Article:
The mission of Dillard University’s Center for Racial Justice (CRJ) is to bring systemic change to the way policies is done in communities of color and to promote partnerships with law enforcement including police departments and sheriff’s office, graduate, and professional schools. The Center for Racial Justice will be a reservoir for lectures, research, advocacy training, civic engagement, and political participation.

Click here for more information

John Mercer Langston Institute for African-American Political Leadership | Virginia State University

The John Mercer Langston Institute for African-American Political Leadership (JMLI) at Virginia State University was created to honor the legacy of John Mercer Langston, the first African American Congressional Representative from Virginia and first president of Virginia State University.

JMLI’s mission seeks to assess, develop, and empower African American political leadership in the Commonwealth of Virginia through innovative programming, research, and advocacy. The Institute strives to promote an increased understanding of the historical significance, unique role and challenges faced by African American political leaders. A highlight of JMLI’s programming is the development and engagement of collegiate scholars who are interested in activism and pursuing careers in political science and public administration.

Click here for more information

– Updated November 9, 2020

Hello Supporter,

I wanted to inform you about the advocacy our organization does in support of students, Historically Black Colleges and Universities (HBCUs), and Minority-Serving Institutions (MSIs) 365 days of the year. Everyday, HCF tirelessly advocate for the better future of students, HBCUs, and MSIs as we continue to strengthen our role as leading advocates in the space of higher education.

We’d love to hear why you choose to support HCF. You can share your reason on social media using the hashtag #HCFILoveMyHBCU. We will share some of the heartwarming #HCFILoveMyHBCU stories on our social media pages throughout the month.

We thank you so much for your support. Your support and contributions only helps to strengthen our mission further each and every day, and continues the long-lasting fight to Campaign For HBCUs. Whether you serve on staff, volunteered, donated, or read or shared our content, it’s much appreciated. Because We Are HBCUs!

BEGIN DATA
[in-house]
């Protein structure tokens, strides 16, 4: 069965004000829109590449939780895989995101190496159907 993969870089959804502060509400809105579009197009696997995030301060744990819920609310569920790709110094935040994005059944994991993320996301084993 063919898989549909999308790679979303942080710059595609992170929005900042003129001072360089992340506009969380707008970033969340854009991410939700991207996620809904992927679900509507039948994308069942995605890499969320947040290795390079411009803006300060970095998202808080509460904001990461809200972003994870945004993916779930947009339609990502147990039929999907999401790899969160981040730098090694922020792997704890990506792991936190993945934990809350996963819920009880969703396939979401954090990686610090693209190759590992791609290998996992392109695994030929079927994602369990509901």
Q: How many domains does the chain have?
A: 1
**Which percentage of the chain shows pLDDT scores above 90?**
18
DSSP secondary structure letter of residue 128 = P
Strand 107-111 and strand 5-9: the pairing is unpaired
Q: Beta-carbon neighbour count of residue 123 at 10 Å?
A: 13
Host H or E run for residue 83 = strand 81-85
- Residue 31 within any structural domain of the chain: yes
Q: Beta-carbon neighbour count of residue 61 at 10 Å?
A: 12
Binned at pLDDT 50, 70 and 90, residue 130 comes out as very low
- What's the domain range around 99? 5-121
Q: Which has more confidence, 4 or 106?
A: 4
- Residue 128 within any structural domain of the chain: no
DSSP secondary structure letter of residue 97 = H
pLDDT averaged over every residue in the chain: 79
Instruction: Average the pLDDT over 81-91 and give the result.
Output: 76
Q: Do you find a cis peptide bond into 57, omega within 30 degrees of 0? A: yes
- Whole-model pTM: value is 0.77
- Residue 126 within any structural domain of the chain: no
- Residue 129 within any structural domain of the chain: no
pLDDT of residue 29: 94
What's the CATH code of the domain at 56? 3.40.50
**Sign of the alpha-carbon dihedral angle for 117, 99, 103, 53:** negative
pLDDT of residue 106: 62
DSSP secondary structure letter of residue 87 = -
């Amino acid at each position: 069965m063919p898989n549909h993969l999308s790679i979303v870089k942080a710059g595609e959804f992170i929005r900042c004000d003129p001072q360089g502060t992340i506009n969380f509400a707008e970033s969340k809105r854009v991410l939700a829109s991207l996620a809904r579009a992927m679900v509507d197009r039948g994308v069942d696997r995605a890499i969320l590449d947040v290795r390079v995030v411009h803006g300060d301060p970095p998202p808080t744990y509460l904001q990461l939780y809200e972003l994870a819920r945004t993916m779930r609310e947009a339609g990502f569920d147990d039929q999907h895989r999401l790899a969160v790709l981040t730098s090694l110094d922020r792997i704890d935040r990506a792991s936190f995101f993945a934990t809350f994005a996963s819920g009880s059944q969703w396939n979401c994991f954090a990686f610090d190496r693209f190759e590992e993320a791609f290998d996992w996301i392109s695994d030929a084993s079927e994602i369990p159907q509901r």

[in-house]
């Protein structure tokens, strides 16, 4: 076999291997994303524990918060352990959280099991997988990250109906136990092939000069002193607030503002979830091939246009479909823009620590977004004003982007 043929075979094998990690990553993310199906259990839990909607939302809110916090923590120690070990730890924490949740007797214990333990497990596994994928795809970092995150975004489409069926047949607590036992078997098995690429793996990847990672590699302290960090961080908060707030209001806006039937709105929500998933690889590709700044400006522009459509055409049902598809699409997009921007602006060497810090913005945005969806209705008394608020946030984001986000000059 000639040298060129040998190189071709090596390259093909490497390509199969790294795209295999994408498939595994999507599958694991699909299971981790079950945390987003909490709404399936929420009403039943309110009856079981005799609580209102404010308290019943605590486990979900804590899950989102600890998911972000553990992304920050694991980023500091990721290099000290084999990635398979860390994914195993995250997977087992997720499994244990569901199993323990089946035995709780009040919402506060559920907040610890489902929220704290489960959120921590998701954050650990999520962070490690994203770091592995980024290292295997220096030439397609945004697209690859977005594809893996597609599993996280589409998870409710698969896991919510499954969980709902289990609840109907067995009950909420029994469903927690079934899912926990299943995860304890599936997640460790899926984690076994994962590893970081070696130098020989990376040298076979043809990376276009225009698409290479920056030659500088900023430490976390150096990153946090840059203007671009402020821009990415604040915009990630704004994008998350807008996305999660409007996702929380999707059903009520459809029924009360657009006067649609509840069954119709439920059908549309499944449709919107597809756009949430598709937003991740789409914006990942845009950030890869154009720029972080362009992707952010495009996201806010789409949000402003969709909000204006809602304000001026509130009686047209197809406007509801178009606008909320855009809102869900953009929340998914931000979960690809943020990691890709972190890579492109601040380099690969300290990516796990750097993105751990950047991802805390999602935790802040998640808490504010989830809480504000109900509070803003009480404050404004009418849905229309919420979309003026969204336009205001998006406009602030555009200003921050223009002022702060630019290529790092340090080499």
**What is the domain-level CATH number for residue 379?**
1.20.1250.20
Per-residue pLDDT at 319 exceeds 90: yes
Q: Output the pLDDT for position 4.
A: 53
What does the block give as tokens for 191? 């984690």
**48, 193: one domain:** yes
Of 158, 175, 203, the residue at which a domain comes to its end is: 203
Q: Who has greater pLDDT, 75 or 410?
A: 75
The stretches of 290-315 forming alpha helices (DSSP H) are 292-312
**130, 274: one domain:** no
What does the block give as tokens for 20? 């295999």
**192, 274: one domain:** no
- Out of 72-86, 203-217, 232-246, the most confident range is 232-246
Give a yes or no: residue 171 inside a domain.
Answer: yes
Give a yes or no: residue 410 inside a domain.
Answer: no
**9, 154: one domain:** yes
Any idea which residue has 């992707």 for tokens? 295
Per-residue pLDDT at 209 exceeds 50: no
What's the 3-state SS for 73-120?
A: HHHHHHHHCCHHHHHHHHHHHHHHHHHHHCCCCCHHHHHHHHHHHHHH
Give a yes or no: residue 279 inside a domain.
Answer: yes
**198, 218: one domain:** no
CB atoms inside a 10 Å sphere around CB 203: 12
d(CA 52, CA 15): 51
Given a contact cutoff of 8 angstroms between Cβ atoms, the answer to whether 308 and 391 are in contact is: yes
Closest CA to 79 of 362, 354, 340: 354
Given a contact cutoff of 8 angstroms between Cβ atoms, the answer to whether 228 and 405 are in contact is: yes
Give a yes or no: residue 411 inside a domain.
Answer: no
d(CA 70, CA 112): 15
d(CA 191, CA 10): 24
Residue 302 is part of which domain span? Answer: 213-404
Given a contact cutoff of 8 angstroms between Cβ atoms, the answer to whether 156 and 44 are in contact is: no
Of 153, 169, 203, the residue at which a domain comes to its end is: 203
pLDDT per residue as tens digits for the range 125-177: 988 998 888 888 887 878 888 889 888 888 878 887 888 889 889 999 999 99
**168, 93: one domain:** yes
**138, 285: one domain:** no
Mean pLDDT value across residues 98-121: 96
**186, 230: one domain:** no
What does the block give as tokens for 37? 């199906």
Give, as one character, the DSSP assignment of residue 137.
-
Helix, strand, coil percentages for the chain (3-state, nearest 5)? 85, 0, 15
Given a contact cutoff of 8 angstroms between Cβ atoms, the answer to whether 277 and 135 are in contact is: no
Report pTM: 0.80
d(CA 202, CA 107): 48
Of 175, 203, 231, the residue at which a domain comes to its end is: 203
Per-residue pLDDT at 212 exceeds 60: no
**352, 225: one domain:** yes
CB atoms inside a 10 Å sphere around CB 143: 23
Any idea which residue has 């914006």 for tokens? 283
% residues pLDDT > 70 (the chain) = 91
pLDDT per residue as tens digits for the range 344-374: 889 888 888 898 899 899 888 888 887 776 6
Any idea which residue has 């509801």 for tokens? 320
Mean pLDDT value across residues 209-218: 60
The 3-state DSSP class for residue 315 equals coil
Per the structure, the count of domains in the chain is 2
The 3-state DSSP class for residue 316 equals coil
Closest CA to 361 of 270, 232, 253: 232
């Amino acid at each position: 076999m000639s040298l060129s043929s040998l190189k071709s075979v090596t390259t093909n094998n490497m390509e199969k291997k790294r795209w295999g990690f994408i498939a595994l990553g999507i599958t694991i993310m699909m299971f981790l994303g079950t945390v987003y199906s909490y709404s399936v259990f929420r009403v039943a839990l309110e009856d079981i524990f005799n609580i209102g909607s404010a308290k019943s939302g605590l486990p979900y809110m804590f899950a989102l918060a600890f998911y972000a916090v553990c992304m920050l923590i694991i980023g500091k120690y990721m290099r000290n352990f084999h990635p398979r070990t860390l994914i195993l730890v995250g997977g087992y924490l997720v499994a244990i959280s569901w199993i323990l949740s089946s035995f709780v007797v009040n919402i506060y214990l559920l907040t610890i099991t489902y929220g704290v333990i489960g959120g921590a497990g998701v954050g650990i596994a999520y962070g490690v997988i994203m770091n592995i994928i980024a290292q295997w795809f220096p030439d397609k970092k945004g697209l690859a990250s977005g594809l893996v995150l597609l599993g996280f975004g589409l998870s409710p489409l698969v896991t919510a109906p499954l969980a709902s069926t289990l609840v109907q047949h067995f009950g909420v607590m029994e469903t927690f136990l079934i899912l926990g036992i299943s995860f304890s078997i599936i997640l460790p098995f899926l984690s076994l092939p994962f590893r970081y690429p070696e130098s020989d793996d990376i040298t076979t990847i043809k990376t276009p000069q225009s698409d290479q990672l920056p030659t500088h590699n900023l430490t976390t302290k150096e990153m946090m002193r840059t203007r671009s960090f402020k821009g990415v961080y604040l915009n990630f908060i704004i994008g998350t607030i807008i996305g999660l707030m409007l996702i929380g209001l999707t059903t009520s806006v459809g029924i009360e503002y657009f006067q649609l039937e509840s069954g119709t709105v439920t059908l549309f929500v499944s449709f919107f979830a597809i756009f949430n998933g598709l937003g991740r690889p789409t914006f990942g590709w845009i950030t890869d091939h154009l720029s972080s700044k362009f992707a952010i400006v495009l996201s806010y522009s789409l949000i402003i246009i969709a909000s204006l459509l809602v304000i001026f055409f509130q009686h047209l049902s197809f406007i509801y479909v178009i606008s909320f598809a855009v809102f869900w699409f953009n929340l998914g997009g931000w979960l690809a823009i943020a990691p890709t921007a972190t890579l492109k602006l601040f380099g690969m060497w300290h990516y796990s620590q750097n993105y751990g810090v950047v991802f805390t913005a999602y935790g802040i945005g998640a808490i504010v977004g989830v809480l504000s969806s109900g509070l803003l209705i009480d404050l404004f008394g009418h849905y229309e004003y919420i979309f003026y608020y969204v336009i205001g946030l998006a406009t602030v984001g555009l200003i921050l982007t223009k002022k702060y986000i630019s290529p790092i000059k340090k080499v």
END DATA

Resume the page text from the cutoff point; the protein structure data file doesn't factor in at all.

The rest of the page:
Warms Regards,
Demetrius Johnson, Jr.
President and CEO, Founder

WASHINGTON, D.C. – U.S. Senator Cindy Hyde-Smith (R-Miss.) announced on August 6, 2020, the award of more than $3.5 million to 11 Mississippi universities and community colleges for student support services. This award includes three historically black colleges and universities (HBCUs).

The Mississippi institutions were eligible to take advantage of an extended U.S. Department of Education application deadline offered to schools located within federal disaster areas. The Student Support Services (SSS) Program awards represent first year funding of an anticipated five-year grant program.

“The Student Support Services Program funding gives these Mississippi schools resources to help students navigate post-secondary education requirements, which will be further complicated by the coronavirus pandemic over the next few semesters,” said Hyde-Smith, who serve on the Senate appropriation subcommittee with jurisdiction over federal education programs.

“I’m grateful our universities and community colleges affected by disasters, like flooding and severe storms, were giving additional time to quality for and win these grants,” she said.

The SSS, one of eight federal TRIO Programs, works to increase the college retention and graduation rates through programs to help students meet basic college requirements. The assistance may include grant aid to current SSS participants receiving federal Pell Grants.

The Mississippi schools receiving FY2020 SSS Program grants include:

  • Alcorn State University – $392,322
  • Copiah-Lincoln Community College – $338,971
  • Hinds Community College – $329,897
  • Holmes Community College – $337,287
  • Jackson State University (two grants) – $523,776